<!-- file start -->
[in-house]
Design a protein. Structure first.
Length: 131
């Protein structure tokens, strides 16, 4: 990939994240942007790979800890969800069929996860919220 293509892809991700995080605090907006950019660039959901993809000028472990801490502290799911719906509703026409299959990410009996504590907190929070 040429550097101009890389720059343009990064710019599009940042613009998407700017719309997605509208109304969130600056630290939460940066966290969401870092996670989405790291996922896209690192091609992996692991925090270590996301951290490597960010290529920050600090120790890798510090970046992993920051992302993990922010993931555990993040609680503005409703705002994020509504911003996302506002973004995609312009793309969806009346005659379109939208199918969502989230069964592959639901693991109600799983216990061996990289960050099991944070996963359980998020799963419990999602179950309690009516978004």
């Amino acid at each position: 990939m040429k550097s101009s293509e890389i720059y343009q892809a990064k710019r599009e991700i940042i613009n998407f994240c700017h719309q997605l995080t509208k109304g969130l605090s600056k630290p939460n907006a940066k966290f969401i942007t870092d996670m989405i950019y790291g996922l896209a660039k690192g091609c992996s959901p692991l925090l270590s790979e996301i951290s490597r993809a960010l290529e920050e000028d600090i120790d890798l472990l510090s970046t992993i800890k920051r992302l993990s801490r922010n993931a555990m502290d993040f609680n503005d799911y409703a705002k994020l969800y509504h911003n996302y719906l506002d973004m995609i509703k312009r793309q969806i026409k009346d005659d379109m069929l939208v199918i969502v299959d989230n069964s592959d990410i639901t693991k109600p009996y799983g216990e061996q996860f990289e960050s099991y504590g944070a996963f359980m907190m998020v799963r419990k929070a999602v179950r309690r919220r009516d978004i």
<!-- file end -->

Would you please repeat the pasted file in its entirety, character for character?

[in-house]
Design a protein. Structure first.
Length: 131
């Protein structure tokens, strides 16, 4: 990939994240942007790979800890969800069929996860919220 293509892809991700995080605090907006950019660039959901993809000028472990801490502290799911719906509703026409299959990410009996504590907190929070 040429550097101009890389720059343009990064710019599009940042613009998407700017719309997605509208109304969130600056630290939460940066966290969401870092996670989405790291996922896209690192091609992996692991925090270590996301951290490597960010290529920050600090120790890798510090970046992993920051992302993990922010993931555990993040609680503005409703705002994020509504911003996302506002973004995609312009793309969806009346005659379109939208199918969502989230069964592959639901693991109600799983216990061996990289960050099991944070996963359980998020799963419990999602179950309690009516978004």
């Amino acid at each position: 990939m040429k550097s101009s293509e890389i720059y343009q892809a990064k710019r599009e991700i940042i613009n998407f994240c700017h719309q997605l995080t509208k109304g969130l605090s600056k630290p939460n907006a940066k966290f969401i942007t870092d996670m989405i950019y790291g996922l896209a660039k690192g091609c992996s959901p692991l925090l270590s790979e996301i951290s490597r993809a960010l290529e920050e000028d600090i120790d890798l472990l510090s970046t992993i800890k920051r992302l993990s801490r922010n993931a555990m502290d993040f609680n503005d799911y409703a705002k994020l969800y509504h911003n996302y719906l506002d973004m995609i509703k312009r793309q969806i026409k009346d005659d379109m069929l939208v199918i969502v299959d989230n069964s592959d990410i639901t693991k109600p009996y799983g216990e061996q996860f990289e960050s099991y504590g944070a996963f359980m907190m998020v799963r419990k929070a999602v179950r309690r919220r009516d978004i």